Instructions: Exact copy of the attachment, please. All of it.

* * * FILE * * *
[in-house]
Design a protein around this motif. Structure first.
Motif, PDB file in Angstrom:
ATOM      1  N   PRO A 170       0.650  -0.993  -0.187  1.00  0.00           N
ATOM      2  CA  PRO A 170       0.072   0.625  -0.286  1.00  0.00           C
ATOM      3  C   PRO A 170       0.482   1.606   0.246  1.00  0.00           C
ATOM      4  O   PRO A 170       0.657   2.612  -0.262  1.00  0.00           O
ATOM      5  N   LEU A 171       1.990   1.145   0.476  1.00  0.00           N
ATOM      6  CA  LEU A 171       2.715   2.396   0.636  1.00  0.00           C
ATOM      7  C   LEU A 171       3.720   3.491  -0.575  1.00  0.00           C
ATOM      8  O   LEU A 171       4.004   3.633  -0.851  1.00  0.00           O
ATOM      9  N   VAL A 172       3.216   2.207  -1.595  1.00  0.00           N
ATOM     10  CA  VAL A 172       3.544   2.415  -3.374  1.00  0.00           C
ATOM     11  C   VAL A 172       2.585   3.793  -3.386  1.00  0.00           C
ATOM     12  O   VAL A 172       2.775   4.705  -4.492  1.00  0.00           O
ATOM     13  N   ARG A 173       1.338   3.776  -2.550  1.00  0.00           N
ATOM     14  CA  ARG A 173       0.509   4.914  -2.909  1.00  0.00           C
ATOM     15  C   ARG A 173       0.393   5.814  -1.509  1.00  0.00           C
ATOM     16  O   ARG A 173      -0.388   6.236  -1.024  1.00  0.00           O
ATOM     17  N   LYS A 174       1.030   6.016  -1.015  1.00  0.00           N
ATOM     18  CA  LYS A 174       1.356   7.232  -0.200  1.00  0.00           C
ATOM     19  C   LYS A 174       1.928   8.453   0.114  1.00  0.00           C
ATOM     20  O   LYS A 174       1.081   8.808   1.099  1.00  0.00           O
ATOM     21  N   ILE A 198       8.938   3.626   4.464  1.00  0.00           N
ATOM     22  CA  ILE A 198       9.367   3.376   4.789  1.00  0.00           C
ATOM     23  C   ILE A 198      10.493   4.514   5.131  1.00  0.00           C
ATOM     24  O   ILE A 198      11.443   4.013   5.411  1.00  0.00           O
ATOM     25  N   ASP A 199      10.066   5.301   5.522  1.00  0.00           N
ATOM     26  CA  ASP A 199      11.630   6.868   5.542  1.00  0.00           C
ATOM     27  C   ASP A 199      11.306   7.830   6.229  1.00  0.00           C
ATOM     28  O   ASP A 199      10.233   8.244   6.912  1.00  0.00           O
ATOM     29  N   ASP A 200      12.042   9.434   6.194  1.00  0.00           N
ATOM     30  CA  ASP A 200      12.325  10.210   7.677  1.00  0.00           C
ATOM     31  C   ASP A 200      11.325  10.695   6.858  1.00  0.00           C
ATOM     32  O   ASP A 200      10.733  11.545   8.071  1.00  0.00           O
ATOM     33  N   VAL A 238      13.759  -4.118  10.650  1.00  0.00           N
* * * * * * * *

[in-house]
Design a protein around this motif. Structure first.
Motif, PDB file in Angstrom:
ATOM      1  N   PRO A 170       0.650  -0.993  -0.187  1.00  0.00           N
ATOM      2  CA  PRO A 170       0.072   0.625  -0.286  1.00  0.00           C
ATOM      3  C   PRO A 170       0.482   1.606   0.246  1.00  0.00           C
ATOM      4  O   PRO A 170       0.657   2.612  -0.262  1.00  0.00           O
ATOM      5  N   LEU A 171       1.990   1.145   0.476  1.00  0.00           N
ATOM      6  CA  LEU A 171       2.715   2.396   0.636  1.00  0.00           C
ATOM      7  C   LEU A 171       3.720   3.491  -0.575  1.00  0.00           C
ATOM      8  O   LEU A 171       4.004   3.633  -0.851  1.00  0.00           O
ATOM      9  N   VAL A 172       3.216   2.207  -1.595  1.00  0.00           N
ATOM     10  CA  VAL A 172       3.544   2.415  -3.374  1.00  0.00           C
ATOM     11  C   VAL A 172       2.585   3.793  -3.386  1.00  0.00           C
ATOM     12  O   VAL A 172       2.775   4.705  -4.492  1.00  0.00           O
ATOM     13  N   ARG A 173       1.338   3.776  -2.550  1.00  0.00           N
ATOM     14  CA  ARG A 173       0.509   4.914  -2.909  1.00  0.00           C
ATOM     15  C   ARG A 173       0.393   5.814  -1.509  1.00  0.00           C
ATOM     16  O   ARG A 173      -0.388   6.236  -1.024  1.00  0.00           O
ATOM     17  N   LYS A 174       1.030   6.016  -1.015  1.00  0.00           N
ATOM     18  CA  LYS A 174       1.356   7.232  -0.200  1.00  0.00           C
ATOM     19  C   LYS A 174       1.928   8.453   0.114  1.00  0.00           C
ATOM     20  O   LYS A 174       1.081   8.808   1.099  1.00  0.00           O
ATOM     21  N   ILE A 198       8.938   3.626   4.464  1.00  0.00           N
ATOM     22  CA  ILE A 198       9.367   3.376   4.789  1.00  0.00           C
ATOM     23  C   ILE A 198      10.493   4.514   5.131  1.00  0.00           C
ATOM     24  O   ILE A 198      11.443   4.013   5.411  1.00  0.00           O
ATOM     25  N   ASP A 199      10.066   5.301   5.522  1.00  0.00           N
ATOM     26  CA  ASP A 199      11.630   6.868   5.542  1.00  0.00           C
ATOM     27  C   ASP A 199      11.306   7.830   6.229  1.00  0.00           C
ATOM     28  O   ASP A 199      10.233   8.244   6.912  1.00  0.00           O
ATOM     29  N   ASP A 200      12.042   9.434   6.194  1.00  0.00           N
ATOM     30  CA  ASP A 200      12.325  10.210   7.677  1.00  0.00           C
ATOM     31  C   ASP A 200      11.325  10.695   6.858  1.00  0.00           C
ATOM     32  O   ASP A 200      10.733  11.545   8.071  1.00  0.00           O
ATOM     33  N   VAL A 238      13.759  -4.118  10.650  1.00  0.00           N